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When In Doubt, Side With Skill
We humans are creatures of habit. That is why 90% of all businesses are not growing or improving. The obvious conclusion is that if we get out of our habits we also get out of the 90% and get into the 10%. Skill is one of the ways we can accomplish this.
I am prejudiced, biased and narrow-minded when it comes to skill. Nothing can replace it. Drive, ambition, experience, motivation, and all the other positive attributes cannot replace skill. These positive human traits can help reduce the effects of no skills but they cannot resolve those effects.
I like a little broader definition of skill -- skill is the set of knowledge and abilities that produce a desired result. The results are the critical point. Skill is useless unless it brings results.
Here are some key points when considering the skill level in your company:
- Sort out the differences between skill and work ethic. Work ethic is the desire. Skill is the result.
- Skill might be cheaper. Supervision and management costs may offset any perceived labor savings. Look first to production and performance levels and work backward to estimate actual costs.
- Skill produces higher quality. This means fewer rejects, comebacks and dissatisfied customers.
- When the skilled supervise the unskilled, the skilled production level drops. This can sometimes make a substantial difference.
- The skilled often prefer not to work with the unskilled. The skilled prefer to work with peers so they can stay sharp and continually learn.
- Skill allows for the possibilities of providing different or improved value to your customers or clients. Skill promotes diversification and diversification can bring additional revenue streams.
- The skilled feel they often are wasting their potential. This can make them very unhappy. They are most unhappy when feeling they are in a dead end position and that management does not care. No one cares. Except for the competitor that sees this type of employee as a breakthrough employee and strives to create opportunities to attract and keep such an employee.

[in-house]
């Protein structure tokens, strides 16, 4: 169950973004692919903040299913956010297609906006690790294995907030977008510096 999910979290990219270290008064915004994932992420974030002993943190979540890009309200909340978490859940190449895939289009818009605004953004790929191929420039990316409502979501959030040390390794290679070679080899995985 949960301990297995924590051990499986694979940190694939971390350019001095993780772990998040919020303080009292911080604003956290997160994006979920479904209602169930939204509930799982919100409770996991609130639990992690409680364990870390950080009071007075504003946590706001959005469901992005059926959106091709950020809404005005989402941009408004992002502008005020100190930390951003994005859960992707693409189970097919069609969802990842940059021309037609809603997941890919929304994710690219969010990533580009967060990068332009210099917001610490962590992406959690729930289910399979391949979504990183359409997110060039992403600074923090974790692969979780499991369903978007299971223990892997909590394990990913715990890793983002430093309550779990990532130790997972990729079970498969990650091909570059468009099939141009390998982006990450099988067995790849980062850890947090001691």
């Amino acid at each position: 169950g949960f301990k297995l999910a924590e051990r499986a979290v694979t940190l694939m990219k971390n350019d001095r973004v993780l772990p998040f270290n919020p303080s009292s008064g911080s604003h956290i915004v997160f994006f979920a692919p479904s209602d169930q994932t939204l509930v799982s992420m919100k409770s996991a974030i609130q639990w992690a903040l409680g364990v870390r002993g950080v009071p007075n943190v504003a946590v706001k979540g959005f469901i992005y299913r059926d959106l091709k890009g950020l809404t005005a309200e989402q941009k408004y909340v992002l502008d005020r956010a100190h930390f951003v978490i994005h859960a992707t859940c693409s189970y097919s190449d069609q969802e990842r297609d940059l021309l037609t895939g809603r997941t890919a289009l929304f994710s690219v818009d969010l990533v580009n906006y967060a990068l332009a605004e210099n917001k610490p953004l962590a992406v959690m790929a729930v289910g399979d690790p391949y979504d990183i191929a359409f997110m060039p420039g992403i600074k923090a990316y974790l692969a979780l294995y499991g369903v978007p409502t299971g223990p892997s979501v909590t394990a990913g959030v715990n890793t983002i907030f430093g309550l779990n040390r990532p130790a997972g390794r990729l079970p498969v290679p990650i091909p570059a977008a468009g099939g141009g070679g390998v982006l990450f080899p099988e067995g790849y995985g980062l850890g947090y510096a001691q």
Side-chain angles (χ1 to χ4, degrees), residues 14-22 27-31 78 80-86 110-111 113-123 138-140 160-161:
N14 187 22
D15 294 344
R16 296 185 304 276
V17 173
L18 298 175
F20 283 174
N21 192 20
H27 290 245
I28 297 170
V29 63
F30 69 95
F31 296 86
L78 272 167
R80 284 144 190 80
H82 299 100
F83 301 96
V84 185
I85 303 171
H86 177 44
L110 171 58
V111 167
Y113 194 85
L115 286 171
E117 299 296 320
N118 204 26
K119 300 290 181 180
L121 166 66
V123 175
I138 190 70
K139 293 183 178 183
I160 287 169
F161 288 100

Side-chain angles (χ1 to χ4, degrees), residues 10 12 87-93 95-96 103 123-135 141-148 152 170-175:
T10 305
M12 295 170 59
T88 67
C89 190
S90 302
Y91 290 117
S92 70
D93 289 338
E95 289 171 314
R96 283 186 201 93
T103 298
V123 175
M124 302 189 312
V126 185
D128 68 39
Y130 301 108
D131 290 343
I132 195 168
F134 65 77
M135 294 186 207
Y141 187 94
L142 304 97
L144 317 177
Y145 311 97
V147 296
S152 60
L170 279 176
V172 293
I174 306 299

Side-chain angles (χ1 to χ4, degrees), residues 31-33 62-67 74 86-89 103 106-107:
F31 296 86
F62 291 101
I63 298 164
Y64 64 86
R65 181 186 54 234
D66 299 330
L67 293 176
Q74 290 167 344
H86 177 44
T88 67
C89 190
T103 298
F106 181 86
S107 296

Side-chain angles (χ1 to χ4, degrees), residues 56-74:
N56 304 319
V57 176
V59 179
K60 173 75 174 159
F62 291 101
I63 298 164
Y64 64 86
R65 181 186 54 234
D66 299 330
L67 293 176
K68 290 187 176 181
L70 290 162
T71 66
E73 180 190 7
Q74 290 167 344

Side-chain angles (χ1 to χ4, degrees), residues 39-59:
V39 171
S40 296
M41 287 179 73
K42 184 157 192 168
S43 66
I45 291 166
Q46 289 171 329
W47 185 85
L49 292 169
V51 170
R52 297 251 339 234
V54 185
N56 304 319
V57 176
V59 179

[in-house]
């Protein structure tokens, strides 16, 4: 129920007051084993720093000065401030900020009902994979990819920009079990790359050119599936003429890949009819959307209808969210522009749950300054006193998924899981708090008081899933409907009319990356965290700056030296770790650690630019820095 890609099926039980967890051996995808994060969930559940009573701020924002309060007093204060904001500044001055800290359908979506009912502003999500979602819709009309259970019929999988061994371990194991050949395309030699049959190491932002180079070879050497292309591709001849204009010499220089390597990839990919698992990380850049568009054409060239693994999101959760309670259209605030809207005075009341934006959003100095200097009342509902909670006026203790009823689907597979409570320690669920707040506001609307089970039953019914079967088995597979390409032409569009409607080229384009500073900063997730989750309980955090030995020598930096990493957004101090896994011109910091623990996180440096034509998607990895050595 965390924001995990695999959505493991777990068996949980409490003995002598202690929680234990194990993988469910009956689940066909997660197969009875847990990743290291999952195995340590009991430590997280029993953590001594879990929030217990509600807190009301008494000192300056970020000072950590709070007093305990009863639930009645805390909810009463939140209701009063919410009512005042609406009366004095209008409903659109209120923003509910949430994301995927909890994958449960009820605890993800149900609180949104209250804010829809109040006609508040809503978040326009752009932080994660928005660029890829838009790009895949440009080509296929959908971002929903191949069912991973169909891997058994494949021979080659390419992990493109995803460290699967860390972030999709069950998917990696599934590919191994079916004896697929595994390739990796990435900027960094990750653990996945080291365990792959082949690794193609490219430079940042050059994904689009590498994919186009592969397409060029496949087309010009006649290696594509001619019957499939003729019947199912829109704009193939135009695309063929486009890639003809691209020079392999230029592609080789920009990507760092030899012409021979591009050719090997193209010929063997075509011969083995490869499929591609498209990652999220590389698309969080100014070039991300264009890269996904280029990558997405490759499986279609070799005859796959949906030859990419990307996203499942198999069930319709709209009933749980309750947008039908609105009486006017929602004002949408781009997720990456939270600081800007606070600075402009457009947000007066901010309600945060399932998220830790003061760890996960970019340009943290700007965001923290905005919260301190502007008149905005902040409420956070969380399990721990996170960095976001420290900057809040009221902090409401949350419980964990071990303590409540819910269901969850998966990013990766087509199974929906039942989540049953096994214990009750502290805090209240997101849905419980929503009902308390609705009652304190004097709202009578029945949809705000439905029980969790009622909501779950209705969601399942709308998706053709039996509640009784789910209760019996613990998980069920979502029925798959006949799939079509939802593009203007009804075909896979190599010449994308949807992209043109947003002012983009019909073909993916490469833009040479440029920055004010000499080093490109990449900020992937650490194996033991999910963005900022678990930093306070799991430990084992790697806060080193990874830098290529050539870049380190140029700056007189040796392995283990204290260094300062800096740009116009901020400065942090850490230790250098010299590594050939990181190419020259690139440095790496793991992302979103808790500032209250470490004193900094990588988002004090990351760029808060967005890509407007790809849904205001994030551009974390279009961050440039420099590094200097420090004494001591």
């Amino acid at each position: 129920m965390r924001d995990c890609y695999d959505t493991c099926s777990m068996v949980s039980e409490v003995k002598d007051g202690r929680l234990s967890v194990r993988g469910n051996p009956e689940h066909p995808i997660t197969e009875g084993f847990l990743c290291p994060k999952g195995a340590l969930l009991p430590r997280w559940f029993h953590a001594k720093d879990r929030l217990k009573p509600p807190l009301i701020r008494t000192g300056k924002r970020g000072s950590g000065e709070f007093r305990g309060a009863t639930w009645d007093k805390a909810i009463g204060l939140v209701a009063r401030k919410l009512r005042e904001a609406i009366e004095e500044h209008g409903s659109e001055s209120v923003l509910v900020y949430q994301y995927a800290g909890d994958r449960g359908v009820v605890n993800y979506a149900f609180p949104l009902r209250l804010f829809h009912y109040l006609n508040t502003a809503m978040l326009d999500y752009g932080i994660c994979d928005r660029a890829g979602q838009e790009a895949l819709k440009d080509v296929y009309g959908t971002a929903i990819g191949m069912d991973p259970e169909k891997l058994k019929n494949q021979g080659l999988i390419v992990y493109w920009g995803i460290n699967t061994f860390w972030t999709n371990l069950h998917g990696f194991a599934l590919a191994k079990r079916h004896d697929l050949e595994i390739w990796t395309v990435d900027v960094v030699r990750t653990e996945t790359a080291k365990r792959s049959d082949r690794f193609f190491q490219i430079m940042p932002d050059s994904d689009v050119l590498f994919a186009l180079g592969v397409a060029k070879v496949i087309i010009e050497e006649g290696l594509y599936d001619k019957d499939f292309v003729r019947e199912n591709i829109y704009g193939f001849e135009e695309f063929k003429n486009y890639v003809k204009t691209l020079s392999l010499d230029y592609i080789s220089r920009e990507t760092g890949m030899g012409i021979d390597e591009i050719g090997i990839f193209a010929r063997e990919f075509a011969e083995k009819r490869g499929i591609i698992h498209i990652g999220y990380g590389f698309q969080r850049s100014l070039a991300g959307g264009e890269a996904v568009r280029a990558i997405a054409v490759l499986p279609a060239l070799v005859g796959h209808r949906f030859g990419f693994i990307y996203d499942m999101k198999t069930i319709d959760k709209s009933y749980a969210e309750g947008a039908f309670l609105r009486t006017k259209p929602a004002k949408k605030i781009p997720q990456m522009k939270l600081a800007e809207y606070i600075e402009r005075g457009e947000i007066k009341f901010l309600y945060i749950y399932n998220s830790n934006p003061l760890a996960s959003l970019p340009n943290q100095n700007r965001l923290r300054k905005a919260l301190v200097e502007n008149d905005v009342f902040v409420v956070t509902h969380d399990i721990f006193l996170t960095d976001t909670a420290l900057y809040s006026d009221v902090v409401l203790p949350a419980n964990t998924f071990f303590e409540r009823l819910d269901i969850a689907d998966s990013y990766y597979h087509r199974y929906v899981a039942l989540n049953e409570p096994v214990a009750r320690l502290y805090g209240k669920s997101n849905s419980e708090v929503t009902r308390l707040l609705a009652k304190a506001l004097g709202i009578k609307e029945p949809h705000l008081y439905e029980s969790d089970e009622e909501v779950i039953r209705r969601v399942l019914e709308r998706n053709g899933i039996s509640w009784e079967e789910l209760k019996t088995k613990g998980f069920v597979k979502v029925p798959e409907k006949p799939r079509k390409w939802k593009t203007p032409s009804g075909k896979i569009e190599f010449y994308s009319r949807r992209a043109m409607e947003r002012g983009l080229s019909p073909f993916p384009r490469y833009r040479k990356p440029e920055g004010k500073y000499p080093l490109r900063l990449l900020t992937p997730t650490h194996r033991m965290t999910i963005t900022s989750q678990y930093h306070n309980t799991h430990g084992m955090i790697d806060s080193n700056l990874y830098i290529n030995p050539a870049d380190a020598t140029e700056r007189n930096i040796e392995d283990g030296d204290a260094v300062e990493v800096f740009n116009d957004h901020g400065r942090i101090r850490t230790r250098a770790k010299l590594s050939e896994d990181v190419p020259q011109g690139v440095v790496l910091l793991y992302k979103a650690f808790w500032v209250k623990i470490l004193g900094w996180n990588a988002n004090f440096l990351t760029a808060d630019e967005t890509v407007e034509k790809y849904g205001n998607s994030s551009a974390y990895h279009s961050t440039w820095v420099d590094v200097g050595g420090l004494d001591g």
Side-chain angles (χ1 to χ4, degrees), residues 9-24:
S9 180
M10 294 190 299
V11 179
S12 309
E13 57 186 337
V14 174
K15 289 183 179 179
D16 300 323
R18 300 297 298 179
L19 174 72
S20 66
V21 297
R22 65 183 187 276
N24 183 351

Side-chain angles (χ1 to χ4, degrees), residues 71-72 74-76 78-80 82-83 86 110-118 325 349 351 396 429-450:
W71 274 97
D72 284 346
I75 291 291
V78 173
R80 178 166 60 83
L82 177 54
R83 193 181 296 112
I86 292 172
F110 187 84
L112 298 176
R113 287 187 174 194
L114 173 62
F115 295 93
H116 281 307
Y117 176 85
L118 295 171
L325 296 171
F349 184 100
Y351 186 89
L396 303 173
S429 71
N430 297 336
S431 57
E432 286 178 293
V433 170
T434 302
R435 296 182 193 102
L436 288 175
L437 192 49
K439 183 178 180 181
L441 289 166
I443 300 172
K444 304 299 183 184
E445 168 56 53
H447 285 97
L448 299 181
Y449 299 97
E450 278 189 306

- Skilled employees project a more competent and positive image in the marketplace.
- Skilled employees create fewer internal disruptions. The skilled find disruptions both annoying, distracting and costly. Continual disruptions eventually drive away the skilled.
- Skill allows increased capacity without corresponding overhead. Skill should usually be viewed as a variable cost(See Article on Capacity Utilization)
- The skilled are the only employees that will realistically reach high levels of performance.
- Assessing skill level should be a weekly process. Each employee should be tracked and the business' needs assessed. The best question I have found is "What does the company really need?"
- Reward skill with compensation, benefits and status. I find it very easy to look skill in the eye and say 'thank you.' And mean it from the heart.
- Skilled employees love to be appreciated. Yes you have to do all the compensation/benefits things to stay competitive. Skilled employees appreciate and admire those that acknowledge their value.
- Skilled employees did not get that way by chance. They search out ways to learn and improve. In today's business environment skilled employees are demanding learning opportunities. Companies that ignore this point will attract less skilled employees and become less competitive. Companies that understand the learning/skill relationship will be the profitable companies of the next century.
- The value of skill in the workplace is increasing. Skill and knowledge have all but replaced bulk, strength and volume. Very few industries will be able to ignore skill in the workplace. Skill as a business dynamic will continue to be an increasingly competitive dynamic, a major competitive distinction and more pervasive throughout the organization.
Value follows skill and revenue streams follow value. Skill is the critical component in the value formula. If all things are equal, side with skill.
Jack D. Deal is the owner of Deal Consulting. He can be reached at email@example.com or 831-457-8806.